• About Farm School

    "There are obviously two educations. One should teach us how to make a living and the other how to live."
    James Adams, from his essay "To 'Be' or to 'Do': A Note on American Education", 1929

    We're a Canadian family of five, farming, home schooling, and building our own house. I'm nowhere near as regular a blogger as I used to be.

    The kids are 18/Grade 12, 16/Grade 11, and 14/Grade 10.

    Contact me at becky(dot)farmschool(at)gmail(dot)com

  • Notable Quotables

    "If you want a golden rule that will fit everybody, this is it: Have nothing in your houses that you do not know to be useful, or believe to be beautiful."
    William Morris, from his lecture "The Beauty of Life"

    "‘Never look at an ugly thing twice. It is fatally easy to get accustomed to corrupting influences."
    English architect CFA Voysey (1857-1941)

    "The world of books is the most remarkable creation of man. Nothing else that he builds ever lasts. Monuments fall, nations perish, civilizations grow old and die out; and, after an era of darkness, new races build others. But in the world of books are volumes that have seen this happen again and again, and yet live on, still young, still as fresh as the day they were written, still telling men’s hearts of the hearts of men centuries dead."
    Clarence Day

    "Anyone who has a library and a garden wants for nothing."

    "Histories make men wise; poets, witty; the mathematics, subtile; natural philosophy, deep; moral, grave; logic and rhetoric, able to contend."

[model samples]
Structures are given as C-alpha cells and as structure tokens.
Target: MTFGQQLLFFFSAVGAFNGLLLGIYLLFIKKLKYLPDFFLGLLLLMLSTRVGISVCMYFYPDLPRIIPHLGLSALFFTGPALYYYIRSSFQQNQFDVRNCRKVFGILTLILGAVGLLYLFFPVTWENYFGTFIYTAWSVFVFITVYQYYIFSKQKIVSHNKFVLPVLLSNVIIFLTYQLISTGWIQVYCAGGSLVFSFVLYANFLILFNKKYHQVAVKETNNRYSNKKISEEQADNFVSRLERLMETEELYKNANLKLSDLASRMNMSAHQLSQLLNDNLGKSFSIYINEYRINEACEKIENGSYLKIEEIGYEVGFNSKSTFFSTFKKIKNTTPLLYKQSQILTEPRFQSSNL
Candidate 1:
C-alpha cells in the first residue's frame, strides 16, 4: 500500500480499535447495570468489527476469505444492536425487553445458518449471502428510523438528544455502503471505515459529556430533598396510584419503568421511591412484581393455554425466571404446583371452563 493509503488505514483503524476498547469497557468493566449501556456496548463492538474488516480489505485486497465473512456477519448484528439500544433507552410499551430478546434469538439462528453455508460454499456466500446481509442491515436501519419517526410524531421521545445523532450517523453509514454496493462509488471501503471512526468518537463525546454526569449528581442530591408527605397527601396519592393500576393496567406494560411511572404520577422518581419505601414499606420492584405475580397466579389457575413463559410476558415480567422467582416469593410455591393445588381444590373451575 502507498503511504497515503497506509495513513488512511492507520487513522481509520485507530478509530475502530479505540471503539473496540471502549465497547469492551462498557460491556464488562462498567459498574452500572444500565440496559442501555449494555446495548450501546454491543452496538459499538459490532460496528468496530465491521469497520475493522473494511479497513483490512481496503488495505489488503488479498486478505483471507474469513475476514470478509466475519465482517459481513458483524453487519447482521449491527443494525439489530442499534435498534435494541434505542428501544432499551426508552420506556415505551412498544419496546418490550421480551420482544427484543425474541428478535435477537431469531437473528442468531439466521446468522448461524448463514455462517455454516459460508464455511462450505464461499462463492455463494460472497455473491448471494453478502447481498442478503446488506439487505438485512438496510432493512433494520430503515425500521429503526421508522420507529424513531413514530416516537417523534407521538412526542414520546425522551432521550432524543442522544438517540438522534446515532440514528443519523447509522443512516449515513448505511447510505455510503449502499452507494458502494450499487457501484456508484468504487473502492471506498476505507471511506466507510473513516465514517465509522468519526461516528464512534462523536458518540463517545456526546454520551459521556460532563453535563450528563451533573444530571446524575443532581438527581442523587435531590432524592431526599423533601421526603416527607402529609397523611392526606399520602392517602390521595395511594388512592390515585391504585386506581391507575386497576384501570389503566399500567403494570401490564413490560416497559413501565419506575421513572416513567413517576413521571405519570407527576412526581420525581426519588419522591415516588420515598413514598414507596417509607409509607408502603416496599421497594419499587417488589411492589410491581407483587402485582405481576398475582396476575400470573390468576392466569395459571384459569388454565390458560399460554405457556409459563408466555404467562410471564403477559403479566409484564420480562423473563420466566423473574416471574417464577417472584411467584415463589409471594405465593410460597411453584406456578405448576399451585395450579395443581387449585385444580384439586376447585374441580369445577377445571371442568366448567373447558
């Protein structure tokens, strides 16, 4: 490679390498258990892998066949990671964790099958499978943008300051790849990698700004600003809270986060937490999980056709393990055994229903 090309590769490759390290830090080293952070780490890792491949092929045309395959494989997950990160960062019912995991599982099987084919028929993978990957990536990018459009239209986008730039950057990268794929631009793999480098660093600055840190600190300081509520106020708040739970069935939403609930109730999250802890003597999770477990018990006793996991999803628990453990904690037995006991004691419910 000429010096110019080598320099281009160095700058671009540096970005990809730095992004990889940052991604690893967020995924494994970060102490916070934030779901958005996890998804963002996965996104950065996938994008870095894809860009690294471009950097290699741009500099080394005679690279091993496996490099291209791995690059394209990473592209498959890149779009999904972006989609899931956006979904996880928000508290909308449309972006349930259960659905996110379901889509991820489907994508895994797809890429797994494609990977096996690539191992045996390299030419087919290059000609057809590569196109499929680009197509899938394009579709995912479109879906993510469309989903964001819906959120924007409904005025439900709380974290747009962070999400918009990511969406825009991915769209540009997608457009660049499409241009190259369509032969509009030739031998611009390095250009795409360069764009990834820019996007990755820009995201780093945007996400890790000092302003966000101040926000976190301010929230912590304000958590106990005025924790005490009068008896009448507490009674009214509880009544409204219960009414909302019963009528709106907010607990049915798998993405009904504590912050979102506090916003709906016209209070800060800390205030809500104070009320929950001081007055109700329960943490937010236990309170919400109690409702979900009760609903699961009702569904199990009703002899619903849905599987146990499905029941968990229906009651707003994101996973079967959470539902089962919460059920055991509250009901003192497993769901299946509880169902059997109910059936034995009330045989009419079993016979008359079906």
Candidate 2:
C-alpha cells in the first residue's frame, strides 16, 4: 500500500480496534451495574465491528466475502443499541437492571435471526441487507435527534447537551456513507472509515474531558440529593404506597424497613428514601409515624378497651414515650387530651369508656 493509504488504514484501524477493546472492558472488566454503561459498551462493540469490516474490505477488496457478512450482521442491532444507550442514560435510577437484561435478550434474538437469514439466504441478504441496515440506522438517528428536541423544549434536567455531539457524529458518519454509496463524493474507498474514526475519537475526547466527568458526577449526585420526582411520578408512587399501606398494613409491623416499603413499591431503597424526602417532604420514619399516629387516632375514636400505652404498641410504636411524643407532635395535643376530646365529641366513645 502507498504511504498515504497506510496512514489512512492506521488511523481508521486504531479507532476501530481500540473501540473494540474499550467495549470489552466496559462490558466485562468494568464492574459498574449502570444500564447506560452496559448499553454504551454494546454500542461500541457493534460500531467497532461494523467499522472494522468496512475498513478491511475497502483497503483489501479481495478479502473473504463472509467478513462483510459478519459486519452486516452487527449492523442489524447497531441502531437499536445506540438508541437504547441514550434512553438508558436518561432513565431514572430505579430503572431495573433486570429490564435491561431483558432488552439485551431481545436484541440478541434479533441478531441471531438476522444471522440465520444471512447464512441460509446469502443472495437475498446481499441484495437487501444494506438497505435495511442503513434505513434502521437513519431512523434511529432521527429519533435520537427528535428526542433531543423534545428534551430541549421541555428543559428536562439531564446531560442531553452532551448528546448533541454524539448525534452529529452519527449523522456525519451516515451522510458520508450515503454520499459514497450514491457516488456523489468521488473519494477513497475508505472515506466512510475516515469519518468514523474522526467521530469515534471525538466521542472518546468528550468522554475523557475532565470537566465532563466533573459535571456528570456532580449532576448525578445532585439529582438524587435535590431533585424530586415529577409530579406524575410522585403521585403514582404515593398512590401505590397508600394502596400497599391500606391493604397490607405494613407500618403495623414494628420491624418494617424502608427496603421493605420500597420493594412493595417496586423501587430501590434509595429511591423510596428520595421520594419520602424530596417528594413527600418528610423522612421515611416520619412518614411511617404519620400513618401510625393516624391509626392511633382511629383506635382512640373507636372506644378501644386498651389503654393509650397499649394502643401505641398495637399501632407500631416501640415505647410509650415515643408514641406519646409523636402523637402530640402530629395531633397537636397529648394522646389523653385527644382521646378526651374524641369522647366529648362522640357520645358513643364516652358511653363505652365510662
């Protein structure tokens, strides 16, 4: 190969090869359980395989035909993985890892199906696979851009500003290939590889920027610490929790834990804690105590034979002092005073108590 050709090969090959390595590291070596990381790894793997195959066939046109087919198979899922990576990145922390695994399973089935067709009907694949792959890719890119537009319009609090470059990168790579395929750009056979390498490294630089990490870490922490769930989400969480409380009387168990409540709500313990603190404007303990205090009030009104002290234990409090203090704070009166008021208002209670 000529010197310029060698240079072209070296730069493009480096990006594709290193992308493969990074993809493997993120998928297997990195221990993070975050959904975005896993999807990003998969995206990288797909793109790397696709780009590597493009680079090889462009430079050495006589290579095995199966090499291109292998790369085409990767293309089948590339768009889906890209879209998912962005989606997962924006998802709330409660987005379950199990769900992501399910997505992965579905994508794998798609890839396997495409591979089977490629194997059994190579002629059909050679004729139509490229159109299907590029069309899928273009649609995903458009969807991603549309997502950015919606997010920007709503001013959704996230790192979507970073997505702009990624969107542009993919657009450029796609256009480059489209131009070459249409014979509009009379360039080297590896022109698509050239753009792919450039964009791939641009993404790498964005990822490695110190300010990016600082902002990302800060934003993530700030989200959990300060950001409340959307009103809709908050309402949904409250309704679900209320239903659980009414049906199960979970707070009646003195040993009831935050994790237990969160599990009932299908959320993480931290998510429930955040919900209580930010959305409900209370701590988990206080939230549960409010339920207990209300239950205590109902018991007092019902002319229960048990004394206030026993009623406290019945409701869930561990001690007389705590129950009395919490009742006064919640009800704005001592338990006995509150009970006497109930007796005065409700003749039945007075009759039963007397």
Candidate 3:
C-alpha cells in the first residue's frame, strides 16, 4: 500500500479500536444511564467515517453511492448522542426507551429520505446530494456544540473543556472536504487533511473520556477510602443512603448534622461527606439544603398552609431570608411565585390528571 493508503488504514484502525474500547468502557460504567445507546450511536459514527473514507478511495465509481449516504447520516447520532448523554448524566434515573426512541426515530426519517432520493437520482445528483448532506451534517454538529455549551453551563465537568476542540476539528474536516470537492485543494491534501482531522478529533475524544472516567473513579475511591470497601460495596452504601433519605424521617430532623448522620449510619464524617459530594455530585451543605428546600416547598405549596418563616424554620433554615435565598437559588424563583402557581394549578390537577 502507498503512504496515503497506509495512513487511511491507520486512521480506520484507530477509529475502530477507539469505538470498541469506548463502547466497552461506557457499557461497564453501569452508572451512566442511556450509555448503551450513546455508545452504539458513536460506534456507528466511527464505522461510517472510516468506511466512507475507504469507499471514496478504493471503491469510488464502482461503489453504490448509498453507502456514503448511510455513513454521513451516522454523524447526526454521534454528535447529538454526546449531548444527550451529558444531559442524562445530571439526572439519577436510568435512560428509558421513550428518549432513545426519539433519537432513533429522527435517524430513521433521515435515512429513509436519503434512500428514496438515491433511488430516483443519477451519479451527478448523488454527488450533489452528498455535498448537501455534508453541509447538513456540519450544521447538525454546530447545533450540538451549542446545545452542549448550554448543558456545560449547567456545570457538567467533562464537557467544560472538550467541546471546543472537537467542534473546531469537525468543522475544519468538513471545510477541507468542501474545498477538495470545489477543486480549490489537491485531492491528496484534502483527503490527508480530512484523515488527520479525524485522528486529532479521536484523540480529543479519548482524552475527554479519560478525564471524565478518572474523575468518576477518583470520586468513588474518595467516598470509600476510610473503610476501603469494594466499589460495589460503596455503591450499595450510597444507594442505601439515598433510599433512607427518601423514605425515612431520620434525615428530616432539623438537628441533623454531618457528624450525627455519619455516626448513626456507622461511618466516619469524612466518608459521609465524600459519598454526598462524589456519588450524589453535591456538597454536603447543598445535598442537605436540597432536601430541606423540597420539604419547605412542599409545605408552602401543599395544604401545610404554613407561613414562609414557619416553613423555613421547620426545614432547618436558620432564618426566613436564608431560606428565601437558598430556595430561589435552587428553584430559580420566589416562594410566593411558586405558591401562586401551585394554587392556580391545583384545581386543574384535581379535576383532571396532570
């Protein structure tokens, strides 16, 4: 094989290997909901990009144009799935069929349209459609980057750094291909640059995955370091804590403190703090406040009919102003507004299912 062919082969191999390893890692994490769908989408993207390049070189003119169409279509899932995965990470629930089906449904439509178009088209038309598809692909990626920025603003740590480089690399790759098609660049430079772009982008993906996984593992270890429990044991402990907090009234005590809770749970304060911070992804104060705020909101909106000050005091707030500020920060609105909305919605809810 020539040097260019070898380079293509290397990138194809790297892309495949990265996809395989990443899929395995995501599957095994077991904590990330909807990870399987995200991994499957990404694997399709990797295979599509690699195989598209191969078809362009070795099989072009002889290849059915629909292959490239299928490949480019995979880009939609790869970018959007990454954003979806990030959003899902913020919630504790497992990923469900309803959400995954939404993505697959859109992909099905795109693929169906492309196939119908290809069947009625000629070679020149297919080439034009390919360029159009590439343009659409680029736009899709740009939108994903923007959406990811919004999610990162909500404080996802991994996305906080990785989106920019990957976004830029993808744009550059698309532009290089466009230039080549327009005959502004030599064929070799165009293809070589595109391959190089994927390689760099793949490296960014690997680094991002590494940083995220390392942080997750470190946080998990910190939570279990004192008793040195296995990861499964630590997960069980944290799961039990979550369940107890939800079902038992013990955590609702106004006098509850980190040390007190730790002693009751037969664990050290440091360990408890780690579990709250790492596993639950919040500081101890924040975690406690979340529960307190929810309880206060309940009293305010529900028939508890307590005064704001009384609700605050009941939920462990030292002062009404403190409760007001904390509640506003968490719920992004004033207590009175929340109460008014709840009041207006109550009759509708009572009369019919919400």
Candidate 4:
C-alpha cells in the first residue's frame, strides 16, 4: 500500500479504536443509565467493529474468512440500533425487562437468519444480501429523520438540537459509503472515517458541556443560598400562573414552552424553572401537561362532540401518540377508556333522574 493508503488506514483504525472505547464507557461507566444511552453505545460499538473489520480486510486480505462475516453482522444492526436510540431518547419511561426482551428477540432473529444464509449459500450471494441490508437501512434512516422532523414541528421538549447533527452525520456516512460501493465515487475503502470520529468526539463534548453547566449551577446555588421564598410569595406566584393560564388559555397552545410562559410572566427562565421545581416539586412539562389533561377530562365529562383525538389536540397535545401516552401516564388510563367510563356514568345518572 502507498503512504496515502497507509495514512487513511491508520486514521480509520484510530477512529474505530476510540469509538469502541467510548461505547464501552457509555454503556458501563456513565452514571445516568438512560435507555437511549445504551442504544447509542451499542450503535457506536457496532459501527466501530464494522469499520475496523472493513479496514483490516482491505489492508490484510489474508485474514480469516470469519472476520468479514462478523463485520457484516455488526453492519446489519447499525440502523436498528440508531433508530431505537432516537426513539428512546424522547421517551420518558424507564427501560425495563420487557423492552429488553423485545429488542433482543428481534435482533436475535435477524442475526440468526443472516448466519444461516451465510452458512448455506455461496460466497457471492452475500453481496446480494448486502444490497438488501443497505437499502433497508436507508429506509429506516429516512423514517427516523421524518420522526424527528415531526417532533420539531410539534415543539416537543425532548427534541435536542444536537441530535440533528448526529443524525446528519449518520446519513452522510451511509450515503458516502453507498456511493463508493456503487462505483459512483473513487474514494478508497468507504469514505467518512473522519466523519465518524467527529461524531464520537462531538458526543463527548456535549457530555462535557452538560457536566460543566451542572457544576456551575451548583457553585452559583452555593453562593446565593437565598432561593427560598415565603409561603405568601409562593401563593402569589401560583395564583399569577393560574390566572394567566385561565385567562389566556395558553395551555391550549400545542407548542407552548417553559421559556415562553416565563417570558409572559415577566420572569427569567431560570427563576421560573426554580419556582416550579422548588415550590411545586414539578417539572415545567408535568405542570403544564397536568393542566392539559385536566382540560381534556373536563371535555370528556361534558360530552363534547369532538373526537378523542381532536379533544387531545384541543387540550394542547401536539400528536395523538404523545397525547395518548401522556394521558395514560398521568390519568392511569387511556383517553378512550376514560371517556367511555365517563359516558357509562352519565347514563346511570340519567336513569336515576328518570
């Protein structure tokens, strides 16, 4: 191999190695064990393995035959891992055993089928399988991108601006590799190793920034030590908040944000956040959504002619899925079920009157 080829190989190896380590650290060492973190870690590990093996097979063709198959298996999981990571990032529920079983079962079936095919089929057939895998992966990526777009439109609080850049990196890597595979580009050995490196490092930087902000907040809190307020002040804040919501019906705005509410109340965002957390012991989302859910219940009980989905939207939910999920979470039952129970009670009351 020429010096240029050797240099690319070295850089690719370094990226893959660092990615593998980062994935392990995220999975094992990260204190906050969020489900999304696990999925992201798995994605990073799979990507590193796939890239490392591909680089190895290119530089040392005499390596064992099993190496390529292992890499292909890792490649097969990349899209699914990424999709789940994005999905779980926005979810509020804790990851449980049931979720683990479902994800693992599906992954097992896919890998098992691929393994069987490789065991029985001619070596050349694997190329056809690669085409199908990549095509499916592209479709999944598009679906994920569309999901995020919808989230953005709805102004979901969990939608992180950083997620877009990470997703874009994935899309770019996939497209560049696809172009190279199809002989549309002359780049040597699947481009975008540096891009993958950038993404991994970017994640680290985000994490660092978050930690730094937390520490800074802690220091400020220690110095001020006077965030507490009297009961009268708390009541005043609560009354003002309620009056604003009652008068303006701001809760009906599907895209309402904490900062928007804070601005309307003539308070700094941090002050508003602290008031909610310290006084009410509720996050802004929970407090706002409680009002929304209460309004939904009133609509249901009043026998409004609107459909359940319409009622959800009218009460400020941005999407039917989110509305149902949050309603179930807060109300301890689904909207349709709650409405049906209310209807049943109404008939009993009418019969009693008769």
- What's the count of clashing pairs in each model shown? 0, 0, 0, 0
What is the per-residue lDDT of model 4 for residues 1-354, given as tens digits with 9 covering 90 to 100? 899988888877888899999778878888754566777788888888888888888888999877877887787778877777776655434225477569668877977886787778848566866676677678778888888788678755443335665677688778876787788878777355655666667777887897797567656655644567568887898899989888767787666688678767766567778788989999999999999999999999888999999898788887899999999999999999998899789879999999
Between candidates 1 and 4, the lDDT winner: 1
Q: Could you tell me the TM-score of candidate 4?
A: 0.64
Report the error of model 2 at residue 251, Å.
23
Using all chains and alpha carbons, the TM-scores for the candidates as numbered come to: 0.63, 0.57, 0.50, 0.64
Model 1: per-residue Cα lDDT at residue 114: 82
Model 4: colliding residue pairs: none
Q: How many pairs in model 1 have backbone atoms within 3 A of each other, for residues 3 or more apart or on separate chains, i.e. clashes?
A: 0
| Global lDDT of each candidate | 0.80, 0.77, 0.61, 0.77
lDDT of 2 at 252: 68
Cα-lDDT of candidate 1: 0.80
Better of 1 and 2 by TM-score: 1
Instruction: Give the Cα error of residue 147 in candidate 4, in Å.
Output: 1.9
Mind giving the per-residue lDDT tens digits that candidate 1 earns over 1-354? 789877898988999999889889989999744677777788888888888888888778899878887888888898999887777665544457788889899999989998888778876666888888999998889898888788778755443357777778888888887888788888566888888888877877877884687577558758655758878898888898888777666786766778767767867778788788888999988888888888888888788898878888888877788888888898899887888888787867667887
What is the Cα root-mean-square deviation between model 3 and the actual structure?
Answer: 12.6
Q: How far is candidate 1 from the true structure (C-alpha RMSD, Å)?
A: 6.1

Sir Francis Bacon, "Essays"

    "The chief aim of education is to show you, after you make a livelihood, how to enjoy living; and you can live longest and best and most rewardingly by attaining and preserving the happiness of learning."
    Gilbert Highet, "The Immortal Profession: The Joys of Teaching and Learning"

    "Good judgment comes from experience. Experience comes from bad judgment."
    Walter Wriston

    "I'd like to give you a piece of my mind."
    "Oh, I couldn't take the last piece."
    Ginger Rogers to Frances Mercer in "Vivacious Lady" (1938)

    "No race can prosper till it learns that there is as much dignity in tilling a field as in writing a poem."
    Booker T. Washington

    "Please accept my resignation. I don’t care to belong to any club that will have me as a member."
    Attributed to Groucho Marx in "The Groucho Letters" by Arthur Sheekman

    "If you can't say something good about someone, sit right here by me."
    Alice Roosevelt Longworth

    "If we bring a little joy into your humdrum lives, we feel all our hard work ain't been in vain for nothin'."
    Jean Hagen as "Lina Lamont" in "Singin' in the Rain" (1952)
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  • Copyright © 2005-2016 Please do not use any of my words or my personal photographs without my express permission.

Retro-progressives of the world, unite

A call to arms in today’s Globe & Mail, from Kate Tennier (who by the way is founder of Advocates for Childcare Choice and a former primary school teacher):

On Being a Retro-Progressive
by Kate Tennier

I’ve recently discovered the joy of baking cookies. Although Hillary Clinton famously does not want to make them, I do.

Producing homemade snacks may not bring world peace but it has brought an unexpected degree of empowerment to my domestic life: Knowing the ingredients that go into them, smelling the home-baked aromas wafting through the house and hearing the appreciation expressed by my family are all reason enough for me to put in the extra time it takes to make them.

So, if the most famous feminist in the world doesn’t want to bake cookies and I do, does that relegate me to the status of fifties housewife? No. I’m just being “retro-progressive.”

The term is most often used to define a category of music, but it can just as easily apply to any behaviour that draws from past “best practices” to create a better life in the world we inhabit now: a retrieving of the baby from the proverbial bathwater, if you will.